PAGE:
The protagonist of Dear Mother (L’origine du monde), Jean-Louis Bordier, is seen through the lens of the Oedipus complex. The phenomenon brought forward by Sigmund Freud describes the attraction one feels to the parent of the opposite sex. The desire is at the crux of the film which poses conflicts in Jean’s life. Due to the unresolved issues with his mother, there are several things that he cannot fully invest in. And in order to get out of this weird pull of desire, he needs to find a solution to put an end to it and to function better in his daily life.
To explain this, the script uses a farcical element to showcase the heartlessness of the protagonist – where his heart suddenly stops beating. He, who works as a lawyer for a high-brow firm from France, deals with his routine without an iota of emotion attached to his work. The soulless regularity feels crucial on one side for a corporate employee trying to benefit both him and his client. However, at the same time, morality does not give a pass to his crude behavior where he passes off remarks without a conscientious way of looking at them. In a case where a father comes along with his young girl to be saved from online defamation, Jean says things with a smugness that does not take the depth of the situation into consideration. And that is how the film showcases the lack of heart in his daily work routine.
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Besides his workplace, different situations bring certain unrest in his mind that makes him not being able to perform in sexual scenarios. He finds it all too conflicting in such situations, which tarnishes his image of himself – which even results in an occasional fall in self-confidence. And to uncover a little more of this discontent, the script brings the farcical element – where he is shown with a heart that is not beating – a person who is literally heartless.
So the further journey to understand the origin of this mystery is almost like his coming-of-age tale based on a bonkers premise. Even while his heart stops beating, he doesn’t die, which is supposedly a natural conclusion of such a scenario! The film sets up this joke in its second act and makes the viewers wait for a long time for the punchline to arrive. From being stuck in this childhood trauma, Jean slowly discovers the root cause for every strange occurrence that happens in the present.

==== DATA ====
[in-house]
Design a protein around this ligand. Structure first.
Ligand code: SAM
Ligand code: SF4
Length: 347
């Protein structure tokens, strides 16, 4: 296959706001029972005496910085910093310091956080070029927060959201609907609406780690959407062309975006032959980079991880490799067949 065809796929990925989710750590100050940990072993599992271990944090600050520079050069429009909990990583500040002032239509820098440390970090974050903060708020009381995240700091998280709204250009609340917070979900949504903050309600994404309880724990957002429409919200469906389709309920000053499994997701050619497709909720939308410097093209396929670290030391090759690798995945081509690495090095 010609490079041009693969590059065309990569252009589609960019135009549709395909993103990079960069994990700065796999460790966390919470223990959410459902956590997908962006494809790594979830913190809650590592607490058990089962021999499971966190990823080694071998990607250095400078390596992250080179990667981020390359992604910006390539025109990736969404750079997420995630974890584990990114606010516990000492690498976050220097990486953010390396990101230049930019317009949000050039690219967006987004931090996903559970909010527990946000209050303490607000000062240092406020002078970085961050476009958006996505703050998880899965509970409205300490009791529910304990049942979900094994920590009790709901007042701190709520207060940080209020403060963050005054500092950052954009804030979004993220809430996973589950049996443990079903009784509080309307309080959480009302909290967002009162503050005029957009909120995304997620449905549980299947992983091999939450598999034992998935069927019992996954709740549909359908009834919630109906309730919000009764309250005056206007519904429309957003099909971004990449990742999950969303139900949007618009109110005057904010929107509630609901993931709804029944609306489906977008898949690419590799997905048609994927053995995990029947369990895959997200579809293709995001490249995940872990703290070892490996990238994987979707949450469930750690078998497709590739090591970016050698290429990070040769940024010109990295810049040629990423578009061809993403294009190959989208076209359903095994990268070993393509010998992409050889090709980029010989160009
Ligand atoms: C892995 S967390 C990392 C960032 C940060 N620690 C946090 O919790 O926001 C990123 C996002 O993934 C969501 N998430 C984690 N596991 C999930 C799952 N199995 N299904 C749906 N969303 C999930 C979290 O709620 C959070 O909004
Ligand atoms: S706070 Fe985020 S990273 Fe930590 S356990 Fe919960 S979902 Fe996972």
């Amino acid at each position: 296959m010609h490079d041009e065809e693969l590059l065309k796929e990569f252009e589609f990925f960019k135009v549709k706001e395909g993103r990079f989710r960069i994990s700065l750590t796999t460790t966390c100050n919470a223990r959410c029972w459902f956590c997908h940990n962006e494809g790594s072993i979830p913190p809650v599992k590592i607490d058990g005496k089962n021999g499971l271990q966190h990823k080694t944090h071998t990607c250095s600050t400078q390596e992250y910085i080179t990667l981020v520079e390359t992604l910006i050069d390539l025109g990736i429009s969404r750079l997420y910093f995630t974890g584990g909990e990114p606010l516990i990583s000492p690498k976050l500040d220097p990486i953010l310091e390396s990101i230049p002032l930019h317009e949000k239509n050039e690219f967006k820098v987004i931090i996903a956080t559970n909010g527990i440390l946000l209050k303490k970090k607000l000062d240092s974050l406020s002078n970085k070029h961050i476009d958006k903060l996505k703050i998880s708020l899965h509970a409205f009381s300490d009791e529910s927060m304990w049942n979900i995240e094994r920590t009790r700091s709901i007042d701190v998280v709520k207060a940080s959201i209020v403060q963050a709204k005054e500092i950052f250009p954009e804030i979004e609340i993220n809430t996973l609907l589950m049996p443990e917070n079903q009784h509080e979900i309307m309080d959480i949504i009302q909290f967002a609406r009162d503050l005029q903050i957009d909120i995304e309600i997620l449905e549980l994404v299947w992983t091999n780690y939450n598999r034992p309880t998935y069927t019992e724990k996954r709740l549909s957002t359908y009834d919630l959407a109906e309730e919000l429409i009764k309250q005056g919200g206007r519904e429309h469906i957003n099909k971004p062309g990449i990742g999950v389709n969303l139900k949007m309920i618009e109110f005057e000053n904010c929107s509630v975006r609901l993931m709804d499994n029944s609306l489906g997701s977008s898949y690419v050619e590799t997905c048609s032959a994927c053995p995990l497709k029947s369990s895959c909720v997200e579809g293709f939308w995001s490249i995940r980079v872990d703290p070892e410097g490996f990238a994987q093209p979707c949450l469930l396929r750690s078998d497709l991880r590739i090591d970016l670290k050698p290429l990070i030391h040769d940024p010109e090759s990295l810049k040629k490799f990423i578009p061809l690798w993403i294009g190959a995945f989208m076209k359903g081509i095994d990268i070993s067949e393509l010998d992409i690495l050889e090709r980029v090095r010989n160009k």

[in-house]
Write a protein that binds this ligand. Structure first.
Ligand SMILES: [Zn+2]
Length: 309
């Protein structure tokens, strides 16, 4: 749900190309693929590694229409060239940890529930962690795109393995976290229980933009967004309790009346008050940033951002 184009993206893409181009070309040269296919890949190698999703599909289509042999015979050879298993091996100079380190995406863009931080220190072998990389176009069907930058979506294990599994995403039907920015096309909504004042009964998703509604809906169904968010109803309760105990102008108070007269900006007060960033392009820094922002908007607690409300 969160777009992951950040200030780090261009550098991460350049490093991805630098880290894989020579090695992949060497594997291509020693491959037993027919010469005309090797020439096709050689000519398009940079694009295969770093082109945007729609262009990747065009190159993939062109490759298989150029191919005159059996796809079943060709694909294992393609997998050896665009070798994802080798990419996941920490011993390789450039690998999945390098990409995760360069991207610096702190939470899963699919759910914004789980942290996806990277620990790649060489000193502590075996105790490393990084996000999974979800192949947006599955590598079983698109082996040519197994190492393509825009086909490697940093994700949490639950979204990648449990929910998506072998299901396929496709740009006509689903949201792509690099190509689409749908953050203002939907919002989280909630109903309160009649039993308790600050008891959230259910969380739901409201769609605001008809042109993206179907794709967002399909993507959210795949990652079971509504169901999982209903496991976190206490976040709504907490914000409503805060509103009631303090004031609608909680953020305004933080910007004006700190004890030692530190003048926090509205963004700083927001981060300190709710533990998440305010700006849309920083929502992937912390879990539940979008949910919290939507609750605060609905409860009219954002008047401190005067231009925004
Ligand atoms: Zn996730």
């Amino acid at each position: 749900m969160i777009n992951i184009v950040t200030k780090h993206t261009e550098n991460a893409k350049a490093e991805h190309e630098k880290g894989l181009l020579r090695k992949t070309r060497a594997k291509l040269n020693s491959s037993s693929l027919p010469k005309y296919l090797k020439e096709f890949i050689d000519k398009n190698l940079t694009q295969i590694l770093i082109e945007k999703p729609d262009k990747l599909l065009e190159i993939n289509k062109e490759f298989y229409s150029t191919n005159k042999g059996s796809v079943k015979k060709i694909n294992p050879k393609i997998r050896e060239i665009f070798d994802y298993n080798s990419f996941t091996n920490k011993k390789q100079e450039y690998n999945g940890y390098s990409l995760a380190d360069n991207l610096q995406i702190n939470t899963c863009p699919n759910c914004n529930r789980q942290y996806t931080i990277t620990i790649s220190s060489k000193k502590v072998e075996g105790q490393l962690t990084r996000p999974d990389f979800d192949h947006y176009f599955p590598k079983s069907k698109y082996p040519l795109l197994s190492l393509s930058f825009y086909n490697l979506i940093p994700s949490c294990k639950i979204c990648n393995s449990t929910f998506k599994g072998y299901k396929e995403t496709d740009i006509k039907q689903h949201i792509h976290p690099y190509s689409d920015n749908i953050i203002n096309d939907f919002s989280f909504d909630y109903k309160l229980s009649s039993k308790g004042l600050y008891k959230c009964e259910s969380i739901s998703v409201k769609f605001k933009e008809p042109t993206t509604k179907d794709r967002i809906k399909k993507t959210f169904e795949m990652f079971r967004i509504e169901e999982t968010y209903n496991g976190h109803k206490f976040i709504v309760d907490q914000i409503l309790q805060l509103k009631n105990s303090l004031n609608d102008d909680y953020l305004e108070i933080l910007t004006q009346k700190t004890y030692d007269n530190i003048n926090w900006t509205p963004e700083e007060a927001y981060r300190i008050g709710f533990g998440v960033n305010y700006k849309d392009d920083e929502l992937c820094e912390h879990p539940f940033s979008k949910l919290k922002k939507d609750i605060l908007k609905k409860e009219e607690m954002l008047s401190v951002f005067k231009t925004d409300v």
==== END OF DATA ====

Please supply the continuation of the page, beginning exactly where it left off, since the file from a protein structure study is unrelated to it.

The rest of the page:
To make us realize this ‘root’, the script takes it quite literally to assign him a strange task – to take a photo of the genital parts of his mother – in short, his origin. The point that the makers want to bring forward is pretty obvious on breaking the taboo regarding this in his mind. It is further shown as a way to make him more open and to speak about his feelings openly and not bottle them up. After all, he hadn’t contacted his mother in decades due to the unspoken emotional rift between them. In order to proceed with his life, to not let his heart stop beating indefinitely, he needs to face the problems without being stuck in the past. The decluttering eventually opens up more possibilities for him.
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The film essentially carves a comedy out of Jean’s tragedy. We witness a continuing dose of laughable moments that uses the awkwardness of awkward conversations for its benefit. With the same, it presents the implications of a fragile male ego. The misogynist remarks or any remark in bad taste are presented as an attempt to dissect the behavior of its male characters. The performances make the comedic beats work well for most of the film’s duration. Be it Laurent Lafitte or Vincent Macaigne, they make the best efforts to keep the humor intact with their individual flair.
But just like how knowing all the tricks in magicians’ hands makes the act lose its magic, the film loses its grip once the tricks are understood by a viewer. It cannot hold on to its comedic element for too long. There is not enough substance to back up the length of its long scenes. The jokes are not made in poor taste despite having the elements convenient for it. But the lack of crassness is not enough reason to make the film stand out. The lack of deeper insights about its subject matter makes it a bore at many places. While ambitious with its strange premise, Dear Mother does not become as remarkable as it could have been.